Chris Davis on chasing Frank Robinson, Brady Anderson and Orioles history

Chris Davis is focusing on the Orioles’ pursuit of a playoff berth right now and not thinking too much about how many homers he will hit this year. But for a few moments yesterday, he did take time to talk about chasing Orioles history and the club’s single-season home run record.

“It is something that is cool,” Davis said. “But our main focus right now is getting into the postseason. Unless those home runs are helping us win games, then they don’t really mean a lot.”

But team history does await. Davis passed Rafael Palmeiro (43 in 1998) for fourth-most by an Oriole and then topped Jim Gentile (46 in 1961) to move up to third on the list. Now with 48 homers, Davis is chasing Frank Robinson (49 in 1966) and Brady Anderson (50 in 1996).

If he can hit at least three homers in the next 20 games, he will have hit more than any Oriole ever.

“I’ve always admired Brady for that - not only to hit that many, but people don’t realize how hard it is the last six weeks of the season, not only to play every day but continue to put up power numbers,” Davis said.

“Your body is tired. Every game is do or die. You are getting pitched, I think, even tougher than you were in the middle of the season. There is just a lot more pressure on you every at-bat. It can take a toll.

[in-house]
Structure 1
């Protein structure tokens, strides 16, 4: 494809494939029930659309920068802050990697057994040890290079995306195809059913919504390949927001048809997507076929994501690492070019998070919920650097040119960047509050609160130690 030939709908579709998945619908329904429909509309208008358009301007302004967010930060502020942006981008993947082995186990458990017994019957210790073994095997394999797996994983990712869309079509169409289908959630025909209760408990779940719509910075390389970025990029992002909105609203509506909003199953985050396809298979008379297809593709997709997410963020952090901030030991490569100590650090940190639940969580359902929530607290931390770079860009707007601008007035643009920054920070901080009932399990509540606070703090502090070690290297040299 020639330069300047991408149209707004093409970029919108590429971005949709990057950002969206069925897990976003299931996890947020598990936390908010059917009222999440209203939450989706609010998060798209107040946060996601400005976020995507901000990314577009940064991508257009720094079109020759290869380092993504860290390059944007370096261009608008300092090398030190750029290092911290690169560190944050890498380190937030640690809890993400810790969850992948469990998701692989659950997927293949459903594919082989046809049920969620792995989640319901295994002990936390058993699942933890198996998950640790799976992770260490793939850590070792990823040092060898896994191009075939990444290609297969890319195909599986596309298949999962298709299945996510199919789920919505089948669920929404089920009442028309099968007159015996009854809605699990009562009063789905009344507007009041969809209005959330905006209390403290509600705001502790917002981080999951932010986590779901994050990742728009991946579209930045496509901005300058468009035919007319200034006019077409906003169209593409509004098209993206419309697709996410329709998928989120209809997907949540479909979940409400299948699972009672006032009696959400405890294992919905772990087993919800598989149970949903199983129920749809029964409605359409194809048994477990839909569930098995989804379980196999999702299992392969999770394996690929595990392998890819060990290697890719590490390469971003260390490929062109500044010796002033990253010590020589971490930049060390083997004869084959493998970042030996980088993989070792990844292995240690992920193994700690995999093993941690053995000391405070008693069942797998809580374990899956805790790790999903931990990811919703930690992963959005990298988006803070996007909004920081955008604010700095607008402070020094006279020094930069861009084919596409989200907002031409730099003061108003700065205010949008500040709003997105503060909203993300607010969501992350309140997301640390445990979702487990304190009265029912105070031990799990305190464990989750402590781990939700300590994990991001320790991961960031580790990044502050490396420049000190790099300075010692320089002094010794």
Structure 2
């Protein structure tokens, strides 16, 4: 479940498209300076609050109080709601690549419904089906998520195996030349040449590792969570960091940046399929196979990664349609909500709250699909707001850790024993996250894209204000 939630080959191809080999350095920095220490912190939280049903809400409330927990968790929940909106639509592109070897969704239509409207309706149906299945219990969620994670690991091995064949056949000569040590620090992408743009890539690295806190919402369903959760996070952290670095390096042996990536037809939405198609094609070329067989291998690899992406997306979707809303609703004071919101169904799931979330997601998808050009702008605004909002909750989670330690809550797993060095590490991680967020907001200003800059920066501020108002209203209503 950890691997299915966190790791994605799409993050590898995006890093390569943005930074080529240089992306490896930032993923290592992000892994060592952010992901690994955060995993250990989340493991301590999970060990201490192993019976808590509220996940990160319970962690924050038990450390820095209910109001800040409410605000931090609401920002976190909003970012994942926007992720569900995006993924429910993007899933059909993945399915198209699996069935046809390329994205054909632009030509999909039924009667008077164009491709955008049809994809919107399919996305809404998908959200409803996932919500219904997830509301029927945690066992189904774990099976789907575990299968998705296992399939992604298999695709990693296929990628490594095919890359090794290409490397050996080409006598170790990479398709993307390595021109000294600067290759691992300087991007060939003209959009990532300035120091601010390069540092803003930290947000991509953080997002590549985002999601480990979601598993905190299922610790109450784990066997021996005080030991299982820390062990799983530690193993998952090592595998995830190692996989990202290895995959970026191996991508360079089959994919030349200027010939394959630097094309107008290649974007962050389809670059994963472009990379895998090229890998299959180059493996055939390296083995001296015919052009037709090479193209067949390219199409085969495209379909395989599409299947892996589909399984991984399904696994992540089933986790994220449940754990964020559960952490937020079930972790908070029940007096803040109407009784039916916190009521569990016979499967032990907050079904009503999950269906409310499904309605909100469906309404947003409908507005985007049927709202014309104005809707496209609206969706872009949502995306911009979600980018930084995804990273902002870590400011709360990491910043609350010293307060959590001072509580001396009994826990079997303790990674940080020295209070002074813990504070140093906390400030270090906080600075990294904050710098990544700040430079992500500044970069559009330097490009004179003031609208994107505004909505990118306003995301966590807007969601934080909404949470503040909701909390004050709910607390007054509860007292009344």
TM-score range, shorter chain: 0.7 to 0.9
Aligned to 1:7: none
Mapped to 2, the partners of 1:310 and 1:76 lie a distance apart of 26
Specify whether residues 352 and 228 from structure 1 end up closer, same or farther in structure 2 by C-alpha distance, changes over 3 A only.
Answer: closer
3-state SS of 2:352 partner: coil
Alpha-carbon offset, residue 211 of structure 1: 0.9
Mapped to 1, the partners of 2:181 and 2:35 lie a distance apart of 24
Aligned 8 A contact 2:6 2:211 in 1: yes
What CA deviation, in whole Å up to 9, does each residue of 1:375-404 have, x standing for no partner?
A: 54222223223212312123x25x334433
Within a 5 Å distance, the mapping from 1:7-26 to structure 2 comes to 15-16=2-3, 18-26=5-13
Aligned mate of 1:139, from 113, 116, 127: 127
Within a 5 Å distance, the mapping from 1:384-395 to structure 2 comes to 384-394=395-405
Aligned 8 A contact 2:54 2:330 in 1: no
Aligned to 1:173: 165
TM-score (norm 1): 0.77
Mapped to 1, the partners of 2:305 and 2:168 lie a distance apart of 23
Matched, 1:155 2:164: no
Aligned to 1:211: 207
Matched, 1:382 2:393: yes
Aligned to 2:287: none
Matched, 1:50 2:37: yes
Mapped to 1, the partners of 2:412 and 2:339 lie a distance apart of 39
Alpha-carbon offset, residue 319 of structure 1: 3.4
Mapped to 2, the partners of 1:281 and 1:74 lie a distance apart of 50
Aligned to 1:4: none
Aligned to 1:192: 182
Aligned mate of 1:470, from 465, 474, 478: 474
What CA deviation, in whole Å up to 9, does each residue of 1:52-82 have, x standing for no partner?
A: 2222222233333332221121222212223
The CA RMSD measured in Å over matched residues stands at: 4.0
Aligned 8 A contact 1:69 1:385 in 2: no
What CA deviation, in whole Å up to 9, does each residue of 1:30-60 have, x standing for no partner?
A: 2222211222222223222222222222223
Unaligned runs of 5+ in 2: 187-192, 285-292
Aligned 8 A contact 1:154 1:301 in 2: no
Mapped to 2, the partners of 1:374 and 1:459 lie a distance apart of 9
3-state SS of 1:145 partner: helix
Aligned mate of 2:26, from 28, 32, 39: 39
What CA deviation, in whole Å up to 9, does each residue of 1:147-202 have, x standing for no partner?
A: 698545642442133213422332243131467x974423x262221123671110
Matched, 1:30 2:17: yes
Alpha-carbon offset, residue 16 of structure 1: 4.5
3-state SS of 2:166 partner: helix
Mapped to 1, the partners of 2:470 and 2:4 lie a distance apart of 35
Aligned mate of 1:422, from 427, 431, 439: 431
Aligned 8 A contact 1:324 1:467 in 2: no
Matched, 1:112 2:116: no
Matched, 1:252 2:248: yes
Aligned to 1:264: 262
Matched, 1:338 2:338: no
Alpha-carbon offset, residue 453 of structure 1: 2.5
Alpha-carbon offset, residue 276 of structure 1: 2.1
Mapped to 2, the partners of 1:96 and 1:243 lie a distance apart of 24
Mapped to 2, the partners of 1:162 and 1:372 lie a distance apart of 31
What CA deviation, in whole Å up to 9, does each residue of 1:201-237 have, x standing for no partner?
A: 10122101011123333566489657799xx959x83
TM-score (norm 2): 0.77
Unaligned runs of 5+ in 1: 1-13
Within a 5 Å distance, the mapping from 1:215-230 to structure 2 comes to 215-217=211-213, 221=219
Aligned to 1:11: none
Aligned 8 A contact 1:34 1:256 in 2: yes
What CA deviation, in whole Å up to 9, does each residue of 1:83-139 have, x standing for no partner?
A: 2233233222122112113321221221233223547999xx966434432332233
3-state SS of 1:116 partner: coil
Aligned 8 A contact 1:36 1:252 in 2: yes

“The fact those guys could do that is unbelievable and it is very humbling to even be in the conversation with them. If I could have anywhere close to the career those guys had, I think I’ll be happy. Pretty impressive company to be in.”

How they stack up in at-bats per homer:
10.67 - Davis
11.58 - Anderson
11.76 - Robinson

“I remember both of those guys as winners,” Davis said of the men he still chases. “That is something every player wants to be remembered as. If I can help us get to the postseason, it is all worth it.”

Davis in 2013: Has a .652 slugging percentage and 1.030 OPS.
Anderson in 1996: A .637 slugging percentage and 1.034 OPS.
Robinson in 1966: A .637 slugging percentage and 1.047 OPS.

Davis admits 50, which he now approaches, is a daunting number.

“When people started talking about the home run record in the middle of the season, I never dreamed of hitting 50 or 60 home runs,” he said. “The most I’d ever hit in a season was 40 (in 2008 between the minors and the majors). Regardless whether I get to 50 or hit 55, if we make the postseason, this season will be considered a success for me.”

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